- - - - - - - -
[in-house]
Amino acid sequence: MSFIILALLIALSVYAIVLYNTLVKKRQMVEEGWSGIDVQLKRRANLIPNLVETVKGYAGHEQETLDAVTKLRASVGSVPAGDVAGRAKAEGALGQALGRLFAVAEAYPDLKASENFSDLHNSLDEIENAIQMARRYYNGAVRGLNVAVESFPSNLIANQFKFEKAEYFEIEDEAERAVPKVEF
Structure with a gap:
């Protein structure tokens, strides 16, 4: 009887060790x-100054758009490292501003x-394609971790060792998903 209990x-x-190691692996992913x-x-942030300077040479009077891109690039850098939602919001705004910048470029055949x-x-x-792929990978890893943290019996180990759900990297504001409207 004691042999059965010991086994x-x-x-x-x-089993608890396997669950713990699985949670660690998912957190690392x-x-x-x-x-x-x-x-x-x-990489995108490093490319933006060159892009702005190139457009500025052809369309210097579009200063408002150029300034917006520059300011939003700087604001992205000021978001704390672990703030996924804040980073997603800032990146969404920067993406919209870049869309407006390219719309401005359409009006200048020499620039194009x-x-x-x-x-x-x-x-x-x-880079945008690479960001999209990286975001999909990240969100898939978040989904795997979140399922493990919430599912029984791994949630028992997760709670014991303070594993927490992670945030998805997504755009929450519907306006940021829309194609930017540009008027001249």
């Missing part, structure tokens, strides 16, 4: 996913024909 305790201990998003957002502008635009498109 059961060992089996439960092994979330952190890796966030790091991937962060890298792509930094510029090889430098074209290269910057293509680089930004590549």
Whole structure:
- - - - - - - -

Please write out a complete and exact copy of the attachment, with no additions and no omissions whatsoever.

[in-house]
Amino acid sequence: MSFIILALLIALSVYAIVLYNTLVKKRQMVEEGWSGIDVQLKRRANLIPNLVETVKGYAGHEQETLDAVTKLRASVGSVPAGDVAGRAKAEGALGQALGRLFAVAEAYPDLKASENFSDLHNSLDEIENAIQMARRYYNGAVRGLNVAVESFPSNLIANQFKFEKAEYFEIEDEAERAVPKVEF
Structure with a gap:
């Protein structure tokens, strides 16, 4: 009887060790x-100054758009490292501003x-394609971790060792998903 209990x-x-190691692996992913x-x-942030300077040479009077891109690039850098939602919001705004910048470029055949x-x-x-792929990978890893943290019996180990759900990297504001409207 004691042999059965010991086994x-x-x-x-x-089993608890396997669950713990699985949670660690998912957190690392x-x-x-x-x-x-x-x-x-x-990489995108490093490319933006060159892009702005190139457009500025052809369309210097579009200063408002150029300034917006520059300011939003700087604001992205000021978001704390672990703030996924804040980073997603800032990146969404920067993406919209870049869309407006390219719309401005359409009006200048020499620039194009x-x-x-x-x-x-x-x-x-x-880079945008690479960001999209990286975001999909990240969100898939978040989904795997979140399922493990919430599912029984791994949630028992997760709670014991303070594993927490992670945030998805997504755009929450519907306006940021829309194609930017540009008027001249």
């Missing part, structure tokens, strides 16, 4: 996913024909 305790201990998003957002502008635009498109 059961060992089996439960092994979330952190890796966030790091991937962060890298792509930094510029090889430098074209290269910057293509680089930004590549």
Whole structure: